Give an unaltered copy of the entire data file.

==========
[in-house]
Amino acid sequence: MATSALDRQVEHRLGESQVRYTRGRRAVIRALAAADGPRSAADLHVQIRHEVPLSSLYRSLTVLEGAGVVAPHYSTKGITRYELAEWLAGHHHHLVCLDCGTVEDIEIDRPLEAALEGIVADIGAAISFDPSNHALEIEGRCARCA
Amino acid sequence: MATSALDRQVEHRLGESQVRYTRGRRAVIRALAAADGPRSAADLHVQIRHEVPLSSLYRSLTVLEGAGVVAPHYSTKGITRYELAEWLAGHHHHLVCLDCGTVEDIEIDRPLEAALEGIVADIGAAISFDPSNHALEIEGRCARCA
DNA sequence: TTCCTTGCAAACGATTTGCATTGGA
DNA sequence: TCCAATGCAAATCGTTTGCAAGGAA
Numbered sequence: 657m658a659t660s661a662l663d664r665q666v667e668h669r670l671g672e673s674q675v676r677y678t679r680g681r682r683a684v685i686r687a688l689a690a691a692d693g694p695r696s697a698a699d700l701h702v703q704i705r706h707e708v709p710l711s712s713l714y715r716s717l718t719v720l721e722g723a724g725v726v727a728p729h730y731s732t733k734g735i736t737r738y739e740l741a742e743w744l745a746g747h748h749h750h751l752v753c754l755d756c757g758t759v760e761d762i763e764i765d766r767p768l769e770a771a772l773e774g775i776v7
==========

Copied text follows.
[in-house]
Amino acid sequence: MATSALDRQVEHRLGESQVRYTRGRRAVIRALAAADGPRSAADLHVQIRHEVPLSSLYRSLTVLEGAGVVAPHYSTKGITRYELAEWLAGHHHHLVCLDCGTVEDIEIDRPLEAALEGIVADIGAAISFDPSNHALEIEGRCARCA
Amino acid sequence: MATSALDRQVEHRLGESQVRYTRGRRAVIRALAAADGPRSAADLHVQIRHEVPLSSLYRSLTVLEGAGVVAPHYSTKGITRYELAEWLAGHHHHLVCLDCGTVEDIEIDRPLEAALEGIVADIGAAISFDPSNHALEIEGRCARCA
DNA sequence: TTCCTTGCAAACGATTTGCATTGGA
DNA sequence: TCCAATGCAAATCGTTTGCAAGGAA
Numbered sequence: 657m658a659t660s661a662l663d664r665q666v667e668h669r670l671g672e673s674q675v676r677y678t679r680g681r682r683a684v685i686r687a688l689a690a691a692d693g694p695r696s697a698a699d700l701h702v703q704i705r706h707e708v709p710l711s712s713l714y715r716s717l718t719v720l721e722g723a724g725v726v727a728p729h730y731s732t733k734g735i736t737r738y739e740l741a742e743w744l745a746g747h748h749h750h751l752v753c754l755d756c757g758t759v760e761d762i763e764i765d766r767p768l769e770a771a772l773e774g775i776v7